Document Type

Article

Journal Title

BMC Infectious Diseases

Publication Date

2018

Volume

18

Abstract

BACKGROUND: The introduction of the Affordable Care Act (ACA) has provided unprecedented opportunities for uninsured people with HIV infection to access health insurance, and to examine the impact of this change in access. AIDS Drug Assistance Programs (ADAPs) have been directed to pursue uninsured individuals to enroll in the ACA as both a cost-saving strategy and to increase patient access to care. We evaluated the impact of ADAP-facilitated health insurance enrollment on health outcomes, and demographic and clinical factors that influenced whether or not eligible patients enrolled.

METHODS: During the inaugural open enrollment period for the ACA, 284 Nebraska ADAP recipients were offered insurance enrollment; 139 enrolled and 145 did not. Comparisons were conducted and multivariate models were developed considering factors associated with enrollment and differences between the insured and uninsured groups.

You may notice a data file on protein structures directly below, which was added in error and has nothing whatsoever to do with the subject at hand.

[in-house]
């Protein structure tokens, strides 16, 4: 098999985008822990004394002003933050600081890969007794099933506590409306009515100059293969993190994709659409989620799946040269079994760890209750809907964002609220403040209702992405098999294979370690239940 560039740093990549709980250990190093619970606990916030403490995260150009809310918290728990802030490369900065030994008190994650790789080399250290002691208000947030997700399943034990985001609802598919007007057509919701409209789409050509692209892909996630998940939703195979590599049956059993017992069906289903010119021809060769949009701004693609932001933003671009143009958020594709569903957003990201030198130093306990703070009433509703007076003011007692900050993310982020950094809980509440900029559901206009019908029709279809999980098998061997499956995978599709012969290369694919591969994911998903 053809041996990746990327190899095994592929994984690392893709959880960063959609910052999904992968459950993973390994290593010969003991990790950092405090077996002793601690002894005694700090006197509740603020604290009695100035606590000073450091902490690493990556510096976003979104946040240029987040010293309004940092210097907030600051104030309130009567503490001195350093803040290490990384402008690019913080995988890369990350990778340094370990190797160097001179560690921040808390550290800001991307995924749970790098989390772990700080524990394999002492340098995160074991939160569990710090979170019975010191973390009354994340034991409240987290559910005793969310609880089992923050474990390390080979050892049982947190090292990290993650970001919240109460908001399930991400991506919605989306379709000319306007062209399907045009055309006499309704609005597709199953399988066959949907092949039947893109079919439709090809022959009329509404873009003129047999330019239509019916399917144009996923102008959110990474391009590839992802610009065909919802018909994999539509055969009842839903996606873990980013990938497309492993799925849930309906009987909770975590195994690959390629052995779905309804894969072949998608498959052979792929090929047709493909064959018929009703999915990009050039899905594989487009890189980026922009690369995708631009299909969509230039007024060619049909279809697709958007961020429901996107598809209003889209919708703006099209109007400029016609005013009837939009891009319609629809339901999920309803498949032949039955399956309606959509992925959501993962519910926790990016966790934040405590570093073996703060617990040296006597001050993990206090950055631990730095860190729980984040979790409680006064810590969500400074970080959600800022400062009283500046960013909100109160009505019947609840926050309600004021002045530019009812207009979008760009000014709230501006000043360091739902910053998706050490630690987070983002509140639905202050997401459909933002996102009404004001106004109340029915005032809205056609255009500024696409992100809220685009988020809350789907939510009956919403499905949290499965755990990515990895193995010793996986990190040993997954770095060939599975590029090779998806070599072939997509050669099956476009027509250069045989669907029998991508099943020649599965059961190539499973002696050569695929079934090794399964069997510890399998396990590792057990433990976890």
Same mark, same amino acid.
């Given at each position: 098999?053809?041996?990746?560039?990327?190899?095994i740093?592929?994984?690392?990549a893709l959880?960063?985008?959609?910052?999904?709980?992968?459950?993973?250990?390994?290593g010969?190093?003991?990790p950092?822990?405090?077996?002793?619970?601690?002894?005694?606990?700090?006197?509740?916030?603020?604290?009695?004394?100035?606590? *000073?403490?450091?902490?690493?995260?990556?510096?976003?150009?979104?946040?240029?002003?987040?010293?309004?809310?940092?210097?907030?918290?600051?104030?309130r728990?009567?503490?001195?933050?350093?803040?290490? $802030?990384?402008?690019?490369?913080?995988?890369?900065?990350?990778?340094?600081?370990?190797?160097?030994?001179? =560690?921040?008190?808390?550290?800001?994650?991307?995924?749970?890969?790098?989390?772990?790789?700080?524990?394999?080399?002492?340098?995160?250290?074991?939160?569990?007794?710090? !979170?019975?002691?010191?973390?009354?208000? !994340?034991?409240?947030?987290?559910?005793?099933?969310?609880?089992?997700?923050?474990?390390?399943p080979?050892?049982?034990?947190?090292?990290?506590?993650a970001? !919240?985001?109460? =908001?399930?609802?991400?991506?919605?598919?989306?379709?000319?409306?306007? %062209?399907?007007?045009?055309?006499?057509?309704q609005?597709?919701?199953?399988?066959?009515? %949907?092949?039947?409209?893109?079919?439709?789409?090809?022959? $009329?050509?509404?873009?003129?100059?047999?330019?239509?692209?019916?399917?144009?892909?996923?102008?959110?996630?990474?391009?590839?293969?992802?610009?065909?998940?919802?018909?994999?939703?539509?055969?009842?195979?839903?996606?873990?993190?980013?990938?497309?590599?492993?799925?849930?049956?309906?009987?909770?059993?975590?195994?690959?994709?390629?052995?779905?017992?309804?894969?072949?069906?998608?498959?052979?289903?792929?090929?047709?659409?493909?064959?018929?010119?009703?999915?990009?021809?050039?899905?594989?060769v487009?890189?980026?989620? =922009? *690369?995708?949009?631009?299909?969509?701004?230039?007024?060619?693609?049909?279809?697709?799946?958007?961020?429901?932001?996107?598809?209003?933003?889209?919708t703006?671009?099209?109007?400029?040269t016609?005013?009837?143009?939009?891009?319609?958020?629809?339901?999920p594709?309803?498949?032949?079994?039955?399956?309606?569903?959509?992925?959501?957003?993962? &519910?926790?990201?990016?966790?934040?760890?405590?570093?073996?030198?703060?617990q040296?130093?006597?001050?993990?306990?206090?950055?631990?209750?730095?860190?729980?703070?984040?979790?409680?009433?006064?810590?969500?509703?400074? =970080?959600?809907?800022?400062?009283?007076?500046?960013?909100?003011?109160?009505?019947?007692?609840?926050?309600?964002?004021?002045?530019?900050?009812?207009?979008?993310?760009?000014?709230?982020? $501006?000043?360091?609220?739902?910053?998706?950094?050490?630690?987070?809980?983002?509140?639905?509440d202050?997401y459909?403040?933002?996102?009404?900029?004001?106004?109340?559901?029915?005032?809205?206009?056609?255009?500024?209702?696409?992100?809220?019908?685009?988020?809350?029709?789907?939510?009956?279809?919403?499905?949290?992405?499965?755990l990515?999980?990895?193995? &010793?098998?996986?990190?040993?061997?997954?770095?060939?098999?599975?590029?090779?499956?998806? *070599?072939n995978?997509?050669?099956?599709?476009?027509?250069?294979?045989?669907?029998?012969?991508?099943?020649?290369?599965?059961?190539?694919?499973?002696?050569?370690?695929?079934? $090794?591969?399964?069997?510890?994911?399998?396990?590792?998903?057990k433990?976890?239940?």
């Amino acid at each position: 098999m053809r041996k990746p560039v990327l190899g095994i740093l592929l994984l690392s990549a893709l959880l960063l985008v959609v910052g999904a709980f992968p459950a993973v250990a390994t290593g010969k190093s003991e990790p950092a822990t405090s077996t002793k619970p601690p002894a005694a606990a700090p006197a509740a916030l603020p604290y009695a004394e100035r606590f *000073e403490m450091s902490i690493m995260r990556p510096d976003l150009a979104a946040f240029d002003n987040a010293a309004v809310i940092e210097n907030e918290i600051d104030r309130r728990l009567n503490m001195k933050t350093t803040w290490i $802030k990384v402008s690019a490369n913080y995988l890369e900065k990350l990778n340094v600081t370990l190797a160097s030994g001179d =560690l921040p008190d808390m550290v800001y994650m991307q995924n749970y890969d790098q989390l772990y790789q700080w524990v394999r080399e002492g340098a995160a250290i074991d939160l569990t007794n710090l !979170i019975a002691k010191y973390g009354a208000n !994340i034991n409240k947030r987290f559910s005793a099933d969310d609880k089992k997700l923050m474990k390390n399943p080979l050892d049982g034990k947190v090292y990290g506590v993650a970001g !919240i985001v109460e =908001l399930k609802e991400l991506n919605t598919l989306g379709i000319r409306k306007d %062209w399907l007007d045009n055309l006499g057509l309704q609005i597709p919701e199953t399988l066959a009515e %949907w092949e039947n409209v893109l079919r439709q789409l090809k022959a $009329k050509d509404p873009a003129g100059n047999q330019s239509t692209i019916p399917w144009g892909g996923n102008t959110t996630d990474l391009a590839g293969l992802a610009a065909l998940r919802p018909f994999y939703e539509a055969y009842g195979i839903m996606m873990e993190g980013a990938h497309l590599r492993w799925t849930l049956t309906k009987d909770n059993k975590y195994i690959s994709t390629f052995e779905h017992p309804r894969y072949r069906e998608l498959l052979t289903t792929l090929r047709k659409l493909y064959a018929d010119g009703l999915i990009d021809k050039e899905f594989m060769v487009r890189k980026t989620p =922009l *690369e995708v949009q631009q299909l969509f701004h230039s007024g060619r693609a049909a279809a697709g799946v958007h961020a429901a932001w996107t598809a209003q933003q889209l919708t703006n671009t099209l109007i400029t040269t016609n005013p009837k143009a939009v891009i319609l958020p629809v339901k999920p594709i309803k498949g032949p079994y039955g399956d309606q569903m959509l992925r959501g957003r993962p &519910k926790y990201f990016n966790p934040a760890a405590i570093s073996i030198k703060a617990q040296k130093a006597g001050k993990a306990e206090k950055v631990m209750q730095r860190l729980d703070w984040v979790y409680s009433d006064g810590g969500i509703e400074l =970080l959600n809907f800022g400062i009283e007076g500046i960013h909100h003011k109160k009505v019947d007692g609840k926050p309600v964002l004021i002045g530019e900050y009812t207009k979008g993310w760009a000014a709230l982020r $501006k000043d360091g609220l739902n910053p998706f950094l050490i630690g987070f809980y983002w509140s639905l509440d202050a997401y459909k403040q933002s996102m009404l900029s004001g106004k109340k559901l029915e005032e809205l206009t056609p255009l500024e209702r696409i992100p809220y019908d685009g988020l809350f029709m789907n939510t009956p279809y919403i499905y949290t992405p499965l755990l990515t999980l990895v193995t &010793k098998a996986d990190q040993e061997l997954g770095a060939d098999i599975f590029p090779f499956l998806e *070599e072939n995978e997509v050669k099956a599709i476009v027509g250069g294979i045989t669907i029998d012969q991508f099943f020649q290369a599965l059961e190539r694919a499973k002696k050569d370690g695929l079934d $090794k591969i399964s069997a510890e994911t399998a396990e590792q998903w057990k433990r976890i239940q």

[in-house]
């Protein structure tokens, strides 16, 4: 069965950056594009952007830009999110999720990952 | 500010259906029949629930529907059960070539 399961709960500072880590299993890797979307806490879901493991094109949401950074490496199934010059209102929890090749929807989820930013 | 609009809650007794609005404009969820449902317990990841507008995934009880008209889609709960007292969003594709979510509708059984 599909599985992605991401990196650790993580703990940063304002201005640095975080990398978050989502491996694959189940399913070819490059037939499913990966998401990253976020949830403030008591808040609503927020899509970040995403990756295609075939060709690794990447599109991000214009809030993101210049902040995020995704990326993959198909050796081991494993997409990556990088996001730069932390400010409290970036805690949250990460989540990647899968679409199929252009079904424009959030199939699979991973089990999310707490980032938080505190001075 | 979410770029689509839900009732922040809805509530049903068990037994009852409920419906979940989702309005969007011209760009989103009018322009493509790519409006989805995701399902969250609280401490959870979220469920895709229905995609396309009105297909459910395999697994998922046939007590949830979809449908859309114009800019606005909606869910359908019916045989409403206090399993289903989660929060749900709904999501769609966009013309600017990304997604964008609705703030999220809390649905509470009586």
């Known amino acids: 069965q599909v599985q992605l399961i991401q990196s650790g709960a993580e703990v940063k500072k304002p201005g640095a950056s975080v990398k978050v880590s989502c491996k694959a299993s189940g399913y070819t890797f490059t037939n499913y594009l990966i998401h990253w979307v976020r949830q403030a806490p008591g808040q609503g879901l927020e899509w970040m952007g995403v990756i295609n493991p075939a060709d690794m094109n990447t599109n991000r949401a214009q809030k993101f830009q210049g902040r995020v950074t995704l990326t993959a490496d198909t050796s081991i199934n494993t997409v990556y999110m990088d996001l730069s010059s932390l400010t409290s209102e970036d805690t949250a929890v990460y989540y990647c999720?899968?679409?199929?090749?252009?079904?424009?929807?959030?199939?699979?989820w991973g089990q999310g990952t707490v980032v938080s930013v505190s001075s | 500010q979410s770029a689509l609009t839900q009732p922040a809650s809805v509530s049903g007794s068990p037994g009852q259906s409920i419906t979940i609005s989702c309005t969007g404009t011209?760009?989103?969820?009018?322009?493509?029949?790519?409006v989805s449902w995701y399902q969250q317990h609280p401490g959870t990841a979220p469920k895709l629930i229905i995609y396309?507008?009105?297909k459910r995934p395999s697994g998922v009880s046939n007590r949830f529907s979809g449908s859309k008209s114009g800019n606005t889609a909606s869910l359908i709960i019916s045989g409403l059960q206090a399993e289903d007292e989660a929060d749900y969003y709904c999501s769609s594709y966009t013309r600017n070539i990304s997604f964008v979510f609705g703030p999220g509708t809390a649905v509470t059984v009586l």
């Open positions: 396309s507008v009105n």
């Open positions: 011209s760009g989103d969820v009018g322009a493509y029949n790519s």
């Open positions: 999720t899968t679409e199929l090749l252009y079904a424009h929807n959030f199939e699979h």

RESULTS: Insurance enrollment was associated with improved health outcomes after controlling for other variables, and included a significant association with undetectable viremia, a key indicator of treatment success (p < .0001). We found that minority populations and unstably housed individuals were at increased risk to not enroll in insurance.

CONCLUSION: The National HIV/AIDS Strategy calls for new interventions to improve HIV health outcomes for disproportionately impacted populations. This study provides evidence to prioritize future ADAP-facilitated insurance enrollment strategies to reach minority populations and unstably housed individuals.

ISSN

1471-2334

Creative Commons License

Creative Commons Attribution 4.0 License
This work is licensed under a Creative Commons Attribution 4.0 License.

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